• Hypocortisolism: Treatment with ISTURISA may cause symptoms associated with low levels of cortisol in your blood (hypocortisolism). Tell your healthcare provider right away if you experience more than one of the following symptoms, as these may be symptoms of very low cortisol level, known as adrenal insufficiency: nausea, vomiting, tiredness (fatigue), low blood pressure, stomach (abdominal) pain, loss of appetite, dizziness. If you get symptoms of hypocortisolism while taking ISTURISA, your healthcare provider may change your dose or ask you to stop taking it.

ISTURISA® (osilodrostat) Important Safety Information

Indications and Usage

ISTURISA (osilodrostat) is used to treat adults with Cushing’s disease who cannot have pituitary surgery, or who have had pituitary surgery, but the surgery did not cure their Cushing’s disease.

Important Safety Information:

  • Hypocortisolism: Treatment with ISTURISA may cause symptoms associated with low levels of cortisol in your blood (hypocortisolism). Tell your healthcare provider right away if you experience more than one of the following symptoms, as these may be symptoms of very low cortisol level, known as adrenal insufficiency: nausea, vomiting, tiredness (fatigue), low blood pressure, stomach (abdominal) pain, loss of appetite, dizziness. If you get symptoms of hypocortisolism while taking ISTURISA, your healthcare provider may change your dose or ask you to stop taking it.
  • Heart Problem or Heart Rhythm Problem: ISTURISA may cause an irregular heartbeat which could be a sign of a heart problem called QT prolongation. Call your healthcare provider right away if you have irregular heartbeats.
  • Increase in Other Adrenal Hormone Levels: Your other adrenal hormones may increase when you take ISTURISA. Your healthcare provider may monitor you for the symptoms associated with these hormonal changes while you are taking ISTURISA such as low potassium (hypokalemia), high blood pressure (hypertension), swelling (edema) in the legs, ankles, or other signs of fluid retention, excessive facial or body hair growth (hirsutism), acne (in women). Call your healthcare provider if you have any of these side effects.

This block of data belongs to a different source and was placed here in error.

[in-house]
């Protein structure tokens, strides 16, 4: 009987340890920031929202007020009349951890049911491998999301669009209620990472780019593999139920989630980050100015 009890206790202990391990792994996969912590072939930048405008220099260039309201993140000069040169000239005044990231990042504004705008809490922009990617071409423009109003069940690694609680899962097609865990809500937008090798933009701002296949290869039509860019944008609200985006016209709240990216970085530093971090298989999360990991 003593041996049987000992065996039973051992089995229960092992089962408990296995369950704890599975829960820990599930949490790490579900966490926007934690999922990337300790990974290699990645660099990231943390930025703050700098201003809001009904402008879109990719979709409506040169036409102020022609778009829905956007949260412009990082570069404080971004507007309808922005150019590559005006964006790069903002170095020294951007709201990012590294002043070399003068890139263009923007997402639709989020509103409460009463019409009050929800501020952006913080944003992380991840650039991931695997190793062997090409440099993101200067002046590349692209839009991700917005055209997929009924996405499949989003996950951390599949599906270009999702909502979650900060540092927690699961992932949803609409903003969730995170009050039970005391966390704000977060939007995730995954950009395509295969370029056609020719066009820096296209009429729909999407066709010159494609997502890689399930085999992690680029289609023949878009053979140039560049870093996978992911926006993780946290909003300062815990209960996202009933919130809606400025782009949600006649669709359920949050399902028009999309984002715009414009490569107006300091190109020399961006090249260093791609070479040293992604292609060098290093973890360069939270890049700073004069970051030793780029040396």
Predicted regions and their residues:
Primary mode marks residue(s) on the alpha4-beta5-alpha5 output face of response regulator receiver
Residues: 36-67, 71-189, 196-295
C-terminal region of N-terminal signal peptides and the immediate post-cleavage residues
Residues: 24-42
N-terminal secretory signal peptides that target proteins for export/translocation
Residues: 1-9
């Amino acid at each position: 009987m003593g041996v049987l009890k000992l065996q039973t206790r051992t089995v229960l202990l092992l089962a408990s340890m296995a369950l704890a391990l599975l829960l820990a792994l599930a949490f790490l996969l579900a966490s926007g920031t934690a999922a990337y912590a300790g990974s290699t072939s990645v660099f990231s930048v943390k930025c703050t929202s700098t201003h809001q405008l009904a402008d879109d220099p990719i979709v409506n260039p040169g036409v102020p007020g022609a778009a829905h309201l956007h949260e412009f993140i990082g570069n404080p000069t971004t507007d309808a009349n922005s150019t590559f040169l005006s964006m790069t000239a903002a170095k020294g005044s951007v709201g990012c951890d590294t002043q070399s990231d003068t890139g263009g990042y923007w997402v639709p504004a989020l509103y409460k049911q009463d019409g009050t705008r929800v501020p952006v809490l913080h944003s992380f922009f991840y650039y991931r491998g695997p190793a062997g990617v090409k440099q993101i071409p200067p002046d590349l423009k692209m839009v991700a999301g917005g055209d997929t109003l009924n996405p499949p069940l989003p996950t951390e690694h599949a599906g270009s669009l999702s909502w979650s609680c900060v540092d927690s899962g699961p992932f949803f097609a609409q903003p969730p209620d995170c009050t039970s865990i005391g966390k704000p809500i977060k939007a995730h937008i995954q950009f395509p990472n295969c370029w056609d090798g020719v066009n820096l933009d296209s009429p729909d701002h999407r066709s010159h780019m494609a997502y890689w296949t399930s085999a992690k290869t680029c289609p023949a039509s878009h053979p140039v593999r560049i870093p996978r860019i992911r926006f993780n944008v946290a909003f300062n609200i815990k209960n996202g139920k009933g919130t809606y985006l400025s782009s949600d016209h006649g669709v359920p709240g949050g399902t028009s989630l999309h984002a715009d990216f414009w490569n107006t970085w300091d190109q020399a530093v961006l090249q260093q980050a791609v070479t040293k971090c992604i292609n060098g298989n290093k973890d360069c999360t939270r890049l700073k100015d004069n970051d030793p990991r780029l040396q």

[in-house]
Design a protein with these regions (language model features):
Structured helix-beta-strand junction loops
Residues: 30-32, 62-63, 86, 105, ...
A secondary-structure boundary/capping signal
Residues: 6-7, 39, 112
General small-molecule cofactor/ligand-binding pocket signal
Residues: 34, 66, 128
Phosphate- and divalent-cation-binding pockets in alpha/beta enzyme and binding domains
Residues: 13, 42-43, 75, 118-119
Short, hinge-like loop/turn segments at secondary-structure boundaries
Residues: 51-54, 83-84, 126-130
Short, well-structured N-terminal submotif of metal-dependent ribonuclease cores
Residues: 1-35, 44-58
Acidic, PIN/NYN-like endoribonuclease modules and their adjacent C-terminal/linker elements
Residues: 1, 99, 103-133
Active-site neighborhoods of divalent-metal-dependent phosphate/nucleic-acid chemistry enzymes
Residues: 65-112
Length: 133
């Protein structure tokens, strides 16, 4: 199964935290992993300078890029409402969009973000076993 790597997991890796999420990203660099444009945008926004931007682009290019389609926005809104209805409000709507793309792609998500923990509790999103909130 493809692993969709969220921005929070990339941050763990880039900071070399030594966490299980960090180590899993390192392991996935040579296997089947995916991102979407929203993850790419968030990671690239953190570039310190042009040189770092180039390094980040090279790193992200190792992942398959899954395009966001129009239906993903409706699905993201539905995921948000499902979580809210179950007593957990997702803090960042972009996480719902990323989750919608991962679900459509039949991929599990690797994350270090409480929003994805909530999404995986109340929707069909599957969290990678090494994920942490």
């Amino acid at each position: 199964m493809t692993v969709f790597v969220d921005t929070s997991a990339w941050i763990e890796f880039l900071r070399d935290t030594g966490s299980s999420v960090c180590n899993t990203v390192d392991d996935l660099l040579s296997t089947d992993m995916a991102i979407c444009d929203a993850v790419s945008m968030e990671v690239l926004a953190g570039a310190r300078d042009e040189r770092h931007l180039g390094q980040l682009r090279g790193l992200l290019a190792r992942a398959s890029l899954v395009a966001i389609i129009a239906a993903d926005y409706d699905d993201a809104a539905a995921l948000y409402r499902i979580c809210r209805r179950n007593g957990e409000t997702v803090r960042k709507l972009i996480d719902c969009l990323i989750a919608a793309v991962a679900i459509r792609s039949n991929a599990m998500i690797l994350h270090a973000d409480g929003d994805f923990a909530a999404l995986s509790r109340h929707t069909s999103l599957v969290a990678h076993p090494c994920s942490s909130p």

• Most common side effects include very low cortisol levels (adrenal insufficiency), tiredness (fatigue), nausea, headache, swelling of the legs, ankles or other signs of fluid retention (edema). These are not all of the possible side effects of ISTURISA.

To report SUSPECTED SIDE EFFECTS, contact Recordati Rare Diseases Inc. at 1-888-575-8344, or FDA at 1-800-FDA-1088 or www.fda.gov/medwatch.

Before taking ISTURISA, tell your doctor about all of your medical conditions, including if you:

  • have or had heart problems, such as an irregular heartbeat, including a condition called prolonged QT syndrome (QT internal prolongation). Your healthcare provider will check the electrical signal of your heart (called an electrocardiogram) before you start taking ISTURISA, 1 week after starting ISTURISA, and as needed after that.
  • have a history of low levels of potassium or magnesium in your blood.
  • have liver problems.
  • are breastfeeding or plan to breastfeed. It is not known if ISTURISA passes into your breast milk. You should not breastfeed if you take ISTURISA and for 1 week after stopping treatment.

Tell your healthcare provider about all the medicines you take, including prescription medicines, over-the-counter medicines, vitamins, and herbal supplements. Especially tell your healthcare provider if you take medicines used to treat certain heart problems. Ask your healthcare provider if you are not sure whether your medicine is used to treat heart problems.

Please see the accompanying Full Prescribing Information, including the Medication Guide, for ISTURISA and talk with your healthcare provider.

References: 1. ISTURISA® (osilodrostat) [full prescribing information]. Lebanon, NJ: Recordati; March 2020. 2. Pivonello R, De Martino MC, De Leo M, Simeoli C, Colao A. Cushing’s disease: the burden of illness. Endocrine. 2017;56(1):10-18. 3. Nieman LK, Biller BM, Findling JW, et al. Treatment of Cushing’s Syndrome: An Endocrine Society Clinical Practice Guideline. J Clin Endocrinol Metab. 2015;100(8):2807-2831.